Tropic's guide to the best of nature in TNQ this October and November
Climate: Dry charm
The last couple of months of the “dry” season bring their own charm to TNQ. Yes, the lawns are turning brown at an alarming rate and the ambient temperatures are reminding us that summer is approaching, but the skies are blue and the sea breezes help to make that late afternoon gin & tonic so relaxing. Could there possibly be a better place to live? Our resident Willy Wagtail (Rhipidura leucophrys) doesn’t think so.
Birdlife: Wagtails love wet tropics
While Willy Wagtails are found all over Australia, they do seem to enjoy life in the wet tropics, even more so when we humans step into the garden, and, believe me, their motivation is far from altruistic. Start digging, weeding or turning over the compost and a Willy will appear, perched within a metre or two, chattering for all it’s worth. Any unsuspecting insect accidently exposed is consumed quickly and efficiently and the chattering is immediately resumed in anticipation of the next victim. Similarly, humans never have to mow alone. They can always rely on a Willy Wagtail to keep them company, swooping and diving in their wake to catch an easy dinner. If these antics don’t provide us with enough delight, then their beautiful nocturnal serenade certainly will.
Foliage: Black Bean of course
As always, there are some spectacular trees currently in flower. One of the more ‘introverted’ of these is the Queensland Black Bean (Castanospermum australe) as their flowers are easily concealed by the tree’s typical dense foliage. Given the right light, the red and yellow pea-shaped blossoms covering the internal branches can bring the tree to life and make it glow. The Black Bean grows into a large and handsome tree and is found within our rainforests and along creeks and riverbanks. It has been frequently used in park and roadside plantings, thereby providing many a child with instant toy boats after the brown seed-pods split open.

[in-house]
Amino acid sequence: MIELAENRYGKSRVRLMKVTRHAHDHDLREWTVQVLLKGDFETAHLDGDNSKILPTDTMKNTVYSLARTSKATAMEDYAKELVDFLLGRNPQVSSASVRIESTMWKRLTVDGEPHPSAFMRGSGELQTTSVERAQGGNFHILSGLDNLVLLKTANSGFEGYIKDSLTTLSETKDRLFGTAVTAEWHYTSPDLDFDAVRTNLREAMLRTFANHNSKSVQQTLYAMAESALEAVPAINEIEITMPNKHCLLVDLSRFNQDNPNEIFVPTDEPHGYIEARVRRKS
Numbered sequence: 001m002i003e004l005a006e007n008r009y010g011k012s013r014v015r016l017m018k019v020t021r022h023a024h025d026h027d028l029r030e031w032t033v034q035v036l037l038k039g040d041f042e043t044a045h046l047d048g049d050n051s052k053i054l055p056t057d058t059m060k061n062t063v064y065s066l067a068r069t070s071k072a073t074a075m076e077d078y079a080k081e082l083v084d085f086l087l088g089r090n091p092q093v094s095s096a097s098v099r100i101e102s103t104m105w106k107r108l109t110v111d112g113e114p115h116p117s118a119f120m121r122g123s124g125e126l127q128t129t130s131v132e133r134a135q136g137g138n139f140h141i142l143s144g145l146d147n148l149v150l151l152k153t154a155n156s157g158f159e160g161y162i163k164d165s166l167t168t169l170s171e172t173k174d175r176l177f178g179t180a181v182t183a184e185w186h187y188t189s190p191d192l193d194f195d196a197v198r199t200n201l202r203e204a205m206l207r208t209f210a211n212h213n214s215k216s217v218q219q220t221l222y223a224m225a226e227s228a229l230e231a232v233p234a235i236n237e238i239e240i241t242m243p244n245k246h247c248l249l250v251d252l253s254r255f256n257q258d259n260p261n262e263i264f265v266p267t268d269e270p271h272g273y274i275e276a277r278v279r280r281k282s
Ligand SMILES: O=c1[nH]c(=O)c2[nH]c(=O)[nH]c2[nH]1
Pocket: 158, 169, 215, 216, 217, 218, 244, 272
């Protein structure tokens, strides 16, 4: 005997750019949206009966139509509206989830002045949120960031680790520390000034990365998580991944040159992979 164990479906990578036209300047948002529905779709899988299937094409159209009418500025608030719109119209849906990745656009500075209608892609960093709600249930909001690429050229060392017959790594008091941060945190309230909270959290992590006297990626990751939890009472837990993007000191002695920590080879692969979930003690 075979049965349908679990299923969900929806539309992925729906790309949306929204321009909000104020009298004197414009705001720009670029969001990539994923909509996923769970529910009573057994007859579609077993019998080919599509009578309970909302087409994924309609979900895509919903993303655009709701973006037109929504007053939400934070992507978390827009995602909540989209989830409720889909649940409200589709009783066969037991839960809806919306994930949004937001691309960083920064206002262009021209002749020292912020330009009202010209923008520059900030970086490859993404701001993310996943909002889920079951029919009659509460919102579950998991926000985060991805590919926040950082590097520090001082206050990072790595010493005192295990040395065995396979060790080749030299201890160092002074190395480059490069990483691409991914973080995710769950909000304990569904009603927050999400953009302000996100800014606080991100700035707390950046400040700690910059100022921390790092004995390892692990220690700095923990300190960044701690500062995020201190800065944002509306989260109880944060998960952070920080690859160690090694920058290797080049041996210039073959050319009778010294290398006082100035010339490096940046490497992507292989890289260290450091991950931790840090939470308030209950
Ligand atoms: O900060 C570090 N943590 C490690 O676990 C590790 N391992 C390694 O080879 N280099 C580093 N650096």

Produce: All go for potato
Yet another plus for this time of year is the abundance of Tableland’s grown potatoes at Rusty’s Markets. Freshly dug and scarcely travelled potatoes are certainly a treat that can take an ordinary meal into the realms of deliciousness. In particular, the kipfler potatoes are simply superb. Cooking methods can be as simple as a scrub followed by a steam and served with butter, salt and pepper. However, these little finger-like spuds are delicious mashed or roasted whole with olive oil and rosemary. They are also perfect for potato salad. The freshness and quality of this vegetable lets the flavour and texture sing through the simplest of preparations.
Science: Dates to remember
Don’t forget the great Australian Backyard Bird Count is on between October 23 and 29. Simply log on to aussiebirdcount.org.au to register. A small donation of your time will help build a clearer picture of our unique birdlife. Don’t delay, register now.
And another date-claimer: The 2017 coral spawning event should take place around the 8th to 10th of November and December, approximately 4 to 6 days after the full moon.